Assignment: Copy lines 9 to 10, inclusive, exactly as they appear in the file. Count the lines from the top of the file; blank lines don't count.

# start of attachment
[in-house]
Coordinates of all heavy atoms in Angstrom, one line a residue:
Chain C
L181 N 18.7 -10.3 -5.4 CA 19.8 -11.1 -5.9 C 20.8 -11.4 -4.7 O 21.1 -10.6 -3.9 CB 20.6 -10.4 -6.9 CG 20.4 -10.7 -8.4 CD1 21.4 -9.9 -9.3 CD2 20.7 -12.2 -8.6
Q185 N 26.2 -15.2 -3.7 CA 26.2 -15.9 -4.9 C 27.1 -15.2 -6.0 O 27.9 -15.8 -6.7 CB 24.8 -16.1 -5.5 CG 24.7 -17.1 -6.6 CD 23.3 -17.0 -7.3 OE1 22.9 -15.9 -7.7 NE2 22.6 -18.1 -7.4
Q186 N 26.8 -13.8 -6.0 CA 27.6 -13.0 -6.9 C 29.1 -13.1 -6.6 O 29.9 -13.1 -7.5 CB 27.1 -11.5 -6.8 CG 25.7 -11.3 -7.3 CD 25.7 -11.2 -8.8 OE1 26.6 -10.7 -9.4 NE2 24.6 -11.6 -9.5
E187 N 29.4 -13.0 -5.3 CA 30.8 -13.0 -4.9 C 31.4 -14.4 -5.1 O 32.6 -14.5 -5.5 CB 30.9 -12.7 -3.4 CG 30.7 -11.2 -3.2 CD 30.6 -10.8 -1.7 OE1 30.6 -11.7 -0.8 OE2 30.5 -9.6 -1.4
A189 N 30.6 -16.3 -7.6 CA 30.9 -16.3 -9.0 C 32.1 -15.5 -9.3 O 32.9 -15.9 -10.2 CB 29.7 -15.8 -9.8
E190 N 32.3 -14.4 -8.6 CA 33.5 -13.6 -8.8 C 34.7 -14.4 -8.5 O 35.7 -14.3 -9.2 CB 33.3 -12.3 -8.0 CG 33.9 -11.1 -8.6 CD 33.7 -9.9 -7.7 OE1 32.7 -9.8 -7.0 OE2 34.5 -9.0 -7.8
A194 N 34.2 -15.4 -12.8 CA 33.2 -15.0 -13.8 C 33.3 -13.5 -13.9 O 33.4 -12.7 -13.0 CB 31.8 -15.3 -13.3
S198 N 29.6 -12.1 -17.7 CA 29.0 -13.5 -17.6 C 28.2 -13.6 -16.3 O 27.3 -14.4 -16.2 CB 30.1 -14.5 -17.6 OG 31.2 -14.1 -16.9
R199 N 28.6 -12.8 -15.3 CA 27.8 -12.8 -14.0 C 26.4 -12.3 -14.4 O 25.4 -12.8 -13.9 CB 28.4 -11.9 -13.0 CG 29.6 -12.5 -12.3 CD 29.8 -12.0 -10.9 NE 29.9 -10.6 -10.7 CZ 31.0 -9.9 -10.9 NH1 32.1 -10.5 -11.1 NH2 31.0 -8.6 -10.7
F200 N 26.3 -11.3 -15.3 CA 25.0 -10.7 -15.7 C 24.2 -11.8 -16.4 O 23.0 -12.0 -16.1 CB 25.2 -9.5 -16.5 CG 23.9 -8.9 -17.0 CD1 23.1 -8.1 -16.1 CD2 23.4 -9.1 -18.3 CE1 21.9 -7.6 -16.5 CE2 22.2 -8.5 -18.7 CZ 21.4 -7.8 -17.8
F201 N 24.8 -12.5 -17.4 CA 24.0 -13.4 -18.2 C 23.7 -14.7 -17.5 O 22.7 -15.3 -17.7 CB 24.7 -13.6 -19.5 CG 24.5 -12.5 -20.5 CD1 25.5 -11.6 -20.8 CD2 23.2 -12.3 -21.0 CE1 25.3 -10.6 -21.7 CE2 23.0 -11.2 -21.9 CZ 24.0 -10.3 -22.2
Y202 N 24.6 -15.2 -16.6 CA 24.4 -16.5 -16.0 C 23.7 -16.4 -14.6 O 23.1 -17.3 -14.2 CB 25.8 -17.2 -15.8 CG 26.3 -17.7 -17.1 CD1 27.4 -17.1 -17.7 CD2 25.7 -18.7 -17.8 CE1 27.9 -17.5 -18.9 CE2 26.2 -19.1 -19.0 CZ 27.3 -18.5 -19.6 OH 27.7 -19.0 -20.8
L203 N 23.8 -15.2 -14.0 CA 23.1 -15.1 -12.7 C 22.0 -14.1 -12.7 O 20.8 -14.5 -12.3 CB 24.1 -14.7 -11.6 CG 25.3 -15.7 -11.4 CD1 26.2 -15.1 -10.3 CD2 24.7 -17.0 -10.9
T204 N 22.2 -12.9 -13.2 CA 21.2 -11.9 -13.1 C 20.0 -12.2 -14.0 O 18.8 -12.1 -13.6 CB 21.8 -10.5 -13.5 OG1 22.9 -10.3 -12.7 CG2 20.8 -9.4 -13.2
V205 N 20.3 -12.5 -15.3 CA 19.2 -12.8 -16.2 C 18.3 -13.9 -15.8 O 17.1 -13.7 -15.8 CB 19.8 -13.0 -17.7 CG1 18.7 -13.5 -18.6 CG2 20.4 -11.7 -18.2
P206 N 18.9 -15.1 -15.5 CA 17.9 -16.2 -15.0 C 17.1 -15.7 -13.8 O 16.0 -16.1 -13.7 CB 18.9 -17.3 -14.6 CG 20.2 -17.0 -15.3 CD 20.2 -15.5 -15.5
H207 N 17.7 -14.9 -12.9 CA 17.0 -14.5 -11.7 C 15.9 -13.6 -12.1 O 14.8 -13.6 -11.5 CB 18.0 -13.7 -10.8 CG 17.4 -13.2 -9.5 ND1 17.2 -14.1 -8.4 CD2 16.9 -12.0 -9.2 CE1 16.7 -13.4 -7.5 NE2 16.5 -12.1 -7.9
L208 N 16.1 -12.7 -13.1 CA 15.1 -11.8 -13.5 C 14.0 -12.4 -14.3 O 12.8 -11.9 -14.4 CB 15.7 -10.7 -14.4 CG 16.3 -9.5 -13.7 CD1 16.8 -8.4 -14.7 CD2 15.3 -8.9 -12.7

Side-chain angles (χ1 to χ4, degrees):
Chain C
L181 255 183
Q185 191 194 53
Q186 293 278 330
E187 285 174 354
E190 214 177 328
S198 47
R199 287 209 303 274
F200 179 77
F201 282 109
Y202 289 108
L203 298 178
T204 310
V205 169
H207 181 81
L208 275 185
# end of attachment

E190 N 32.3 -14.4 -8.6 CA 33.5 -13.6 -8.8 C 34.7 -14.4 -8.5 O 35.7 -14.3 -9.2 CB 33.3 -12.3 -8.0 CG 33.9 -11.1 -8.6 CD 33.7 -9.9 -7.7 OE1 32.7 -9.8 -7.0 OE2 34.5 -9.0 -7.8
A194 N 34.2 -15.4 -12.8 CA 33.2 -15.0 -13.8 C 33.3 -13.5 -13.9 O 33.4 -12.7 -13.0 CB 31.8 -15.3 -13.3